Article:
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Poetic Flowering

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Rising Voices: Grito Serpentino is among the many spoken-word performers at Floricanto.

Latino lit takes center stage at Floricanto Festival

By Ann Elliott Sherman

SAN JOSE'S inaugural Latino poetry festival, the Floricanto Festival and Conference, promises much more than another belated "first." Creating a statewide buzz before a single word has been spoken, the conference aims not only to showcase the past and present of Chicano/Latino poetry but also to re-establish San Jose and festival host MACLA/San José Center for Latino Arts as front-runners in the future development of Latino literature.

San Jose was once a player in the national Chicano literary movement, home to Lorna Dee Cervantes and her publishing company, Mango Press. But to hear MACLA executive director Maribel Alvarez tell it, as federal funding for cultural centers like downtown's Center Cultural de la Gente died out and the city core fell into decay, "there was a real flight of talent from here. Lorna Dee Cervantes, Amalia Mesa-Bains, Luis Valdez--all those folks left."

In the late 1980s, she continues, "when we got involved, the way to ignite the sort of movement included in our name, Movimiento de Arte y Cultura Latino Americana, was a literary movement. The first gatherings to try to revive a Latino cultural center downtown were poetry readings that Margarita Luna Robles, Juan Felipe Herrera, myself and others organized. [The readings] ignited people coming back together--people like Jorge Gonzales, who had been part of the literary movement of the Chicano emergence in San Diego back in the '60s and who had not read in years."

Some time after MACLA occupied its current SoFA address in 1992, it invited Robles, who had moved to Fresno, to serve as writer-in-residence. Robles established a women's writing workshop, Erasing the Margins, that met and performed its work for three years.

"It wasn't until this last year that we were able to bring Marc Pinate on staff to develop, still at a very preliminary level, the idea of a real literary program," Alvarez says. "We really went for the young energy that's coming out of the spoken-word environment."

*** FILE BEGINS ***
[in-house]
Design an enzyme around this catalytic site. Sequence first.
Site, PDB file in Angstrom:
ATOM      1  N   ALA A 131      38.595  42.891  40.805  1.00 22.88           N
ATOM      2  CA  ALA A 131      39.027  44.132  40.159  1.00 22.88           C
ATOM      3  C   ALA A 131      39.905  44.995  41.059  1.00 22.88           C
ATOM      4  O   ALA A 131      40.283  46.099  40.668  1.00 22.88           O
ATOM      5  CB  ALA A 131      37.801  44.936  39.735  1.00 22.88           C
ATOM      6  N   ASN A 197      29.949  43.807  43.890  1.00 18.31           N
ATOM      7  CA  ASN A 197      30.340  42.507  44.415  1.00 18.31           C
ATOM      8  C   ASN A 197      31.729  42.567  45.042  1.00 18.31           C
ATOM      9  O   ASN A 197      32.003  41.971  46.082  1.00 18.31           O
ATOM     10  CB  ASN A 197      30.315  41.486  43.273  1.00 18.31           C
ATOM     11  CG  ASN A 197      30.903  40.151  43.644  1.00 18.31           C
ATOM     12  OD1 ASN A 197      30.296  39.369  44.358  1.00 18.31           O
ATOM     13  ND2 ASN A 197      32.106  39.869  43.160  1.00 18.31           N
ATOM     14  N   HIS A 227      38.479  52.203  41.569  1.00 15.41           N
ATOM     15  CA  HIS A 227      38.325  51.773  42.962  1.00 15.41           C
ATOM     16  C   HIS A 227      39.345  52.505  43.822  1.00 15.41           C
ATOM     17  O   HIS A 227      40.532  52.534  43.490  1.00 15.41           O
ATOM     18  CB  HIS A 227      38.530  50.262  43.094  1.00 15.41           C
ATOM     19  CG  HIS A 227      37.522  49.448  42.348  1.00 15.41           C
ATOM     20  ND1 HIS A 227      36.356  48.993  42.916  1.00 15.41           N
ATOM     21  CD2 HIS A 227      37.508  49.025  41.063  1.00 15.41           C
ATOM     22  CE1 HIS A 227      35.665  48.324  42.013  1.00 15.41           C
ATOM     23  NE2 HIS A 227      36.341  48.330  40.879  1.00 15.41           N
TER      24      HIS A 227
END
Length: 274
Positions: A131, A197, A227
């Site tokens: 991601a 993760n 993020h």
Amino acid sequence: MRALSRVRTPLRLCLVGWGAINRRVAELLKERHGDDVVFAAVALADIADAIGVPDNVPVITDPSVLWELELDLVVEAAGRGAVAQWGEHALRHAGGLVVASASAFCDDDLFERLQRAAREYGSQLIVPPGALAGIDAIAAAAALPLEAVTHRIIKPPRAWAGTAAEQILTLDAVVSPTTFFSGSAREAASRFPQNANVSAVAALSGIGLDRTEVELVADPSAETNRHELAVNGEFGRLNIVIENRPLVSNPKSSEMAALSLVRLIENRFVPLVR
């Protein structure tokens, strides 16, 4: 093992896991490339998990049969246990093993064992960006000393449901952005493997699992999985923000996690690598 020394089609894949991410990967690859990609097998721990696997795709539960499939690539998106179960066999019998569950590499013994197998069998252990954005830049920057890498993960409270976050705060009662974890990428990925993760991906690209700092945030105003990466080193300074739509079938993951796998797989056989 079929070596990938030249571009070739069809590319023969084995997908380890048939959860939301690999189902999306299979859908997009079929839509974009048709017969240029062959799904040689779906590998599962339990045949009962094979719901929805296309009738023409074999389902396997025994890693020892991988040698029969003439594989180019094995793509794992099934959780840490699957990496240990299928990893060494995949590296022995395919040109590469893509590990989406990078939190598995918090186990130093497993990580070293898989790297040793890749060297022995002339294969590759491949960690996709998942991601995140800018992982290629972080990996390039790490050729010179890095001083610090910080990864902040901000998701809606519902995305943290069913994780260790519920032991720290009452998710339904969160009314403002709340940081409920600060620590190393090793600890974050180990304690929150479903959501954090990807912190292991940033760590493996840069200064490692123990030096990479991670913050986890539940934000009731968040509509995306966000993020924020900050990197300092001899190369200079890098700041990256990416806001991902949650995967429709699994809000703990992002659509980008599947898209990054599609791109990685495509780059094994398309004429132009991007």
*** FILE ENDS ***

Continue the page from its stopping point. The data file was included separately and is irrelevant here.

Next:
MACLA and Pinate (also host of the monthly poetry lunadas at Chacho's restaurant) have sufficiently stirred the ashes to rekindle interest in San Jose's Chicano/Latino poetry scene from none other than one of the genre's godfathers, Alurista. Recently relocated from San Diego because "it's happening here," Alurista says, "I have seen a lot of what I consider to be upcoming poets."

Coming from the man who blazed the trail in blending not only Spanish and English but also indigenous tongues and street slang into a writ that works on multiple levels, that's high praise. A co-founder of the Movimiento Estudiantil Chicano de Aztlán (MECHA), as well as a principal author of El Plan Espiritual de Aztlán (The Spiritual Plan of Aztlán), adopted by the Denver Youth Conference in 1969, Alurista (née Alberto Baltazar Urista) has published his influential work in collections that include Floricanto en Aztlán, Spik in Glyph? and Et Tu ... Raza?

THE ORGANIZER of the very first Festival Floricanto, held in Los Angeles in 1973, Alurista is scheduled to deliver the conference's keynote speech at 2:30pm on Saturday. "There's no doubt in my mind that this festival will be a trendsetter," he says. "All over Aztlán, we have had these events take place, but they have not been as well put together as this one. ... I thank Maribel and Marc for bringing back to life a floricanto in the manner in which it should be put--by itself. We don't need to be celebrating Cinco de Mayo or Quince de Septembre. Our poetry, our flower and song, our xochitl y cuicatl, is itself enough to be celebrated."

Cause for celebration indeed, the floricanto brings back to their old stomping grounds Cervantes, Robles and Herrera to join Alurista and other headliners like Francisco X. Alarcón and Roberto Tinoco Duran. Perhaps the most widely acclaimed Chicana poet, Cervantes is the author of Emplumada, a collection of finely honed, unblinkingly tough and beautiful poems that won the 1982 American Book Award. Her 1991 book, From the Cables of Genocide: Poems on Love and Hunger, was honored with both the Paterson Prize for the year's best book of poetry and the Latino Literature Award.

The author of Triptych: Dreams, Lust and Other Performances, Robles is renowned for her ability to nurture young writers. She explores the boundaries of poetic performance in intensely personal works that transcend the particulars captured in the colors, shadows and juice of life/death.

As suggested by book titles like Mayan Drifter: Chicano Poet in the Lowlands of the Americas and Border-Crosser with a Lamborghini Dream, Herrera's jazzy, experimental work travels fast and free past any fences erected between genres, forms, even media, and he has brought this restless curiosity to bear fruit in numerous poetry collectives and teatros.